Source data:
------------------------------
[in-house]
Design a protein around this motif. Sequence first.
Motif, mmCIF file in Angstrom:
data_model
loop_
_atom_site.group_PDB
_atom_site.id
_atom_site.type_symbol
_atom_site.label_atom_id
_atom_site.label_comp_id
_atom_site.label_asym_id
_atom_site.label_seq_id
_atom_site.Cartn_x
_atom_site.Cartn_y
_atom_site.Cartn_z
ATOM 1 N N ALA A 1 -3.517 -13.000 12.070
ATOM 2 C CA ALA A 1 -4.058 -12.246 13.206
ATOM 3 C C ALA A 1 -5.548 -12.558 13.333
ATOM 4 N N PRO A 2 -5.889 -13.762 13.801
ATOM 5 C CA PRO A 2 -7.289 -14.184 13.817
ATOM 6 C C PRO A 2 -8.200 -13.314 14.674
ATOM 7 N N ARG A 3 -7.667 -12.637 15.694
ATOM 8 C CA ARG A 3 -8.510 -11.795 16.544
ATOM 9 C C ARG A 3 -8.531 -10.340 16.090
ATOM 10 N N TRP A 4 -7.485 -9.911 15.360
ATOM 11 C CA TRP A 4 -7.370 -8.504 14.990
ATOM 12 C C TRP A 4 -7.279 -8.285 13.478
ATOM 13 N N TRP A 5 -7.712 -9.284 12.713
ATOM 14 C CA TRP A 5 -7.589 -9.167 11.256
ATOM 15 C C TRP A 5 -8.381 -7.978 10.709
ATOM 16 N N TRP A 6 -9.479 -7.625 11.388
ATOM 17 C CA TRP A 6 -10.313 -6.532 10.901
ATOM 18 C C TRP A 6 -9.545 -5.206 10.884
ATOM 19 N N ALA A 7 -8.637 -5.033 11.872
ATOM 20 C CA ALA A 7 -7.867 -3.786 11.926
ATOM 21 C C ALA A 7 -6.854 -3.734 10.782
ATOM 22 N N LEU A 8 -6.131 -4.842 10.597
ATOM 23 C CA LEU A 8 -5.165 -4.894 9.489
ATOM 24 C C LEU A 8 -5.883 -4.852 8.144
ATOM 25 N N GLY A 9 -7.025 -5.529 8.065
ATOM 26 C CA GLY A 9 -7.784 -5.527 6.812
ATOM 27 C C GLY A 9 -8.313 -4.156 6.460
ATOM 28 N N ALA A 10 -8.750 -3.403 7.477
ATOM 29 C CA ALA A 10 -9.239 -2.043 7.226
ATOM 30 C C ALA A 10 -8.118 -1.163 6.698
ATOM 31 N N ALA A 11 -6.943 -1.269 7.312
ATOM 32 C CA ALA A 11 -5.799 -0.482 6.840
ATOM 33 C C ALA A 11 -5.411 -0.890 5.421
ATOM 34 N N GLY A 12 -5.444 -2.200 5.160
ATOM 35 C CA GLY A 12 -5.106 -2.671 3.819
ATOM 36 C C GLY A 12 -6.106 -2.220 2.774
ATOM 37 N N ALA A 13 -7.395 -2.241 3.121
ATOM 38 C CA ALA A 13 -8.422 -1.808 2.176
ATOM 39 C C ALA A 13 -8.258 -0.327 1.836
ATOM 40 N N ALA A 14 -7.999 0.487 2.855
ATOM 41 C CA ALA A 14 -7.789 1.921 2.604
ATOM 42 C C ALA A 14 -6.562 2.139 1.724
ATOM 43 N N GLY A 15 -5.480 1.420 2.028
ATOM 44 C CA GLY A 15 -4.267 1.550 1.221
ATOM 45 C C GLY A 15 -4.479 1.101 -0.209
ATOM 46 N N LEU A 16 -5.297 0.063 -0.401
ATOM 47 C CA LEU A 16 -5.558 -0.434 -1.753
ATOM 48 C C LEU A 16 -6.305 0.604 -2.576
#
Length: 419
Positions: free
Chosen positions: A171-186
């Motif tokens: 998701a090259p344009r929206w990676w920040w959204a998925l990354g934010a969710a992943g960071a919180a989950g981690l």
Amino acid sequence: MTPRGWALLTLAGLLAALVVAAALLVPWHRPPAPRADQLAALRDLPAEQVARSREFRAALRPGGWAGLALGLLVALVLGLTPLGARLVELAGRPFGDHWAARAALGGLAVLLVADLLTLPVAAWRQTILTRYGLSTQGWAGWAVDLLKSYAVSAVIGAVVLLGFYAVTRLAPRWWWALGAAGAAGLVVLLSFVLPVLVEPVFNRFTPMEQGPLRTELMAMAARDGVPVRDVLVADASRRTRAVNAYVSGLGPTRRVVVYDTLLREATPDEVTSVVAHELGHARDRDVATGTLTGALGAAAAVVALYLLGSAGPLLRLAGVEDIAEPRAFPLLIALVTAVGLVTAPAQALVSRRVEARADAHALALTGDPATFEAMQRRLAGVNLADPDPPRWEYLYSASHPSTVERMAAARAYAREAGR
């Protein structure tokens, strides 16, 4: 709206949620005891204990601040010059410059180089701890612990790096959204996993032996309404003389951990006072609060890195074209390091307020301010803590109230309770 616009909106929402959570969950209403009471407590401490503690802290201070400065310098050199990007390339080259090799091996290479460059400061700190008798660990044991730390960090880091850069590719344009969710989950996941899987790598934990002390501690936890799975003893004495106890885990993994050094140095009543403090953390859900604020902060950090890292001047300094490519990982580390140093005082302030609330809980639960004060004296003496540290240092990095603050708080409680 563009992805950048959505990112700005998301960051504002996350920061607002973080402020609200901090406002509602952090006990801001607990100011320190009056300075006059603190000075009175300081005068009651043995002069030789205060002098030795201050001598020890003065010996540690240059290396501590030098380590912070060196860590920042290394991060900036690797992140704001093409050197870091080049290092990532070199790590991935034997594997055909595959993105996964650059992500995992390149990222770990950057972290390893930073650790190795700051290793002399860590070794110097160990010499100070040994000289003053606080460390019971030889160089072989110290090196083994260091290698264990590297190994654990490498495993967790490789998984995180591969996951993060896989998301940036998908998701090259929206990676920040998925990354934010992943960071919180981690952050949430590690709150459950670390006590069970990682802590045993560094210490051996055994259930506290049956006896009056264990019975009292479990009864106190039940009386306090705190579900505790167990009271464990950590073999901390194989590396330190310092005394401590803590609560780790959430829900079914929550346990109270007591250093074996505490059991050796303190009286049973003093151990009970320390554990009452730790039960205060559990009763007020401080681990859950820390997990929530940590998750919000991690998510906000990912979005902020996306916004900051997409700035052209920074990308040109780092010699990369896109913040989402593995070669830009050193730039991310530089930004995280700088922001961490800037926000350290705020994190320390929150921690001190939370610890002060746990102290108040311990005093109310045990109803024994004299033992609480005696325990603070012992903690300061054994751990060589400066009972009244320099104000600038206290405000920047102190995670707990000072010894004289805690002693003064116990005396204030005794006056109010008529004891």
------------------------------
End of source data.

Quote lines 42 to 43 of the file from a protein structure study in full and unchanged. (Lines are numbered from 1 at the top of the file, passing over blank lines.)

ATOM 27 C C GLY A 9 -8.313 -4.156 6.460
ATOM 28 N N ALA A 10 -8.750 -3.403 7.477